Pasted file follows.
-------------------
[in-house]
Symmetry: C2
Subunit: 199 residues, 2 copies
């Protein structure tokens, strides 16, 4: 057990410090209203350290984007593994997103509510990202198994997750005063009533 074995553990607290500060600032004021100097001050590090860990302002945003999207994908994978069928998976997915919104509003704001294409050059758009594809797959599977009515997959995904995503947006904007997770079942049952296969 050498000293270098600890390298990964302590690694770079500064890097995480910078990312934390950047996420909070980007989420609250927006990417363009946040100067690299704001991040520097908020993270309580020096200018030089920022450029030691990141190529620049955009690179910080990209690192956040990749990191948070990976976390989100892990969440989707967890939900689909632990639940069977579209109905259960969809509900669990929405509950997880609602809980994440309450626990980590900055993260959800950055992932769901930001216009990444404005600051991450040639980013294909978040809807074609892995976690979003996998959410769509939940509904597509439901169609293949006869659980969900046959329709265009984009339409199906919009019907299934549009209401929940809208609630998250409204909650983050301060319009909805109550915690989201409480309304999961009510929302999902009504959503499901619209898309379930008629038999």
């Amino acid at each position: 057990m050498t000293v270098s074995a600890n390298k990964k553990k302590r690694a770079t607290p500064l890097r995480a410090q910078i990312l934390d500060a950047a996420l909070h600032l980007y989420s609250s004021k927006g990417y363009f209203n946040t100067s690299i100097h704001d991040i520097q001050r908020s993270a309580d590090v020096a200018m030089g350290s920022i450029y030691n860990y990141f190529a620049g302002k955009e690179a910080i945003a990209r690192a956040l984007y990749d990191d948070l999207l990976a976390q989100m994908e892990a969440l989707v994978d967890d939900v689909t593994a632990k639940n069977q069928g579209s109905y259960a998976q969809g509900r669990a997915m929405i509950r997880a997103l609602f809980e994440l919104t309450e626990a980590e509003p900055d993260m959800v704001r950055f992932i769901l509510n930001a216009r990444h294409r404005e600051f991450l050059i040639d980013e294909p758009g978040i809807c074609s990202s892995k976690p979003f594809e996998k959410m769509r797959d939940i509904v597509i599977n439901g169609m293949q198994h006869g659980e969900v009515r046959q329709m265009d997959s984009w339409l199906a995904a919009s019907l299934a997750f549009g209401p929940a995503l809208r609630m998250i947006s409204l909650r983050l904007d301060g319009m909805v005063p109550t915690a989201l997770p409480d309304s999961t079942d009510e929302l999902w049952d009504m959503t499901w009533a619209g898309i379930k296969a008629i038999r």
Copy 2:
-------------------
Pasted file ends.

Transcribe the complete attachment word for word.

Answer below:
[in-house]
Symmetry: C2
Subunit: 199 residues, 2 copies
């Protein structure tokens, strides 16, 4: 057990410090209203350290984007593994997103509510990202198994997750005063009533 074995553990607290500060600032004021100097001050590090860990302002945003999207994908994978069928998976997915919104509003704001294409050059758009594809797959599977009515997959995904995503947006904007997770079942049952296969 050498000293270098600890390298990964302590690694770079500064890097995480910078990312934390950047996420909070980007989420609250927006990417363009946040100067690299704001991040520097908020993270309580020096200018030089920022450029030691990141190529620049955009690179910080990209690192956040990749990191948070990976976390989100892990969440989707967890939900689909632990639940069977579209109905259960969809509900669990929405509950997880609602809980994440309450626990980590900055993260959800950055992932769901930001216009990444404005600051991450040639980013294909978040809807074609892995976690979003996998959410769509939940509904597509439901169609293949006869659980969900046959329709265009984009339409199906919009019907299934549009209401929940809208609630998250409204909650983050301060319009909805109550915690989201409480309304999961009510929302999902009504959503499901619209898309379930008629038999």
């Amino acid at each position: 057990m050498t000293v270098s074995a600890n390298k990964k553990k302590r690694a770079t607290p500064l890097r995480a410090q910078i990312l934390d500060a950047a996420l909070h600032l980007y989420s609250s004021k927006g990417y363009f209203n946040t100067s690299i100097h704001d991040i520097q001050r908020s993270a309580d590090v020096a200018m030089g350290s920022i450029y030691n860990y990141f190529a620049g302002k955009e690179a910080i945003a990209r690192a956040l984007y990749d990191d948070l999207l990976a976390q989100m994908e892990a969440l989707v994978d967890d939900v689909t593994a632990k639940n069977q069928g579209s109905y259960a998976q969809g509900r669990a997915m929405i509950r997880a997103l609602f809980e994440l919104t309450e626990a980590e509003p900055d993260m959800v704001r950055f992932i769901l509510n930001a216009r990444h294409r404005e600051f991450l050059i040639d980013e294909p758009g978040i809807c074609s990202s892995k976690p979003f594809e996998k959410m769509r797959d939940i509904v597509i599977n439901g169609m293949q198994h006869g659980e969900v009515r046959q329709m265009d997959s984009w339409l199906a995904a919009s019907l299934a997750f549009g209401p929940a995503l809208r609630m998250i947006s409204l909650r983050l904007d301060g319009m909805v005063p109550t915690a989201l997770p409480d309304s999961t079942d009510e929302l999902w049952d009504m959503t499901w009533a619209g898309i379930k296969a008629i038999r």
Copy 2: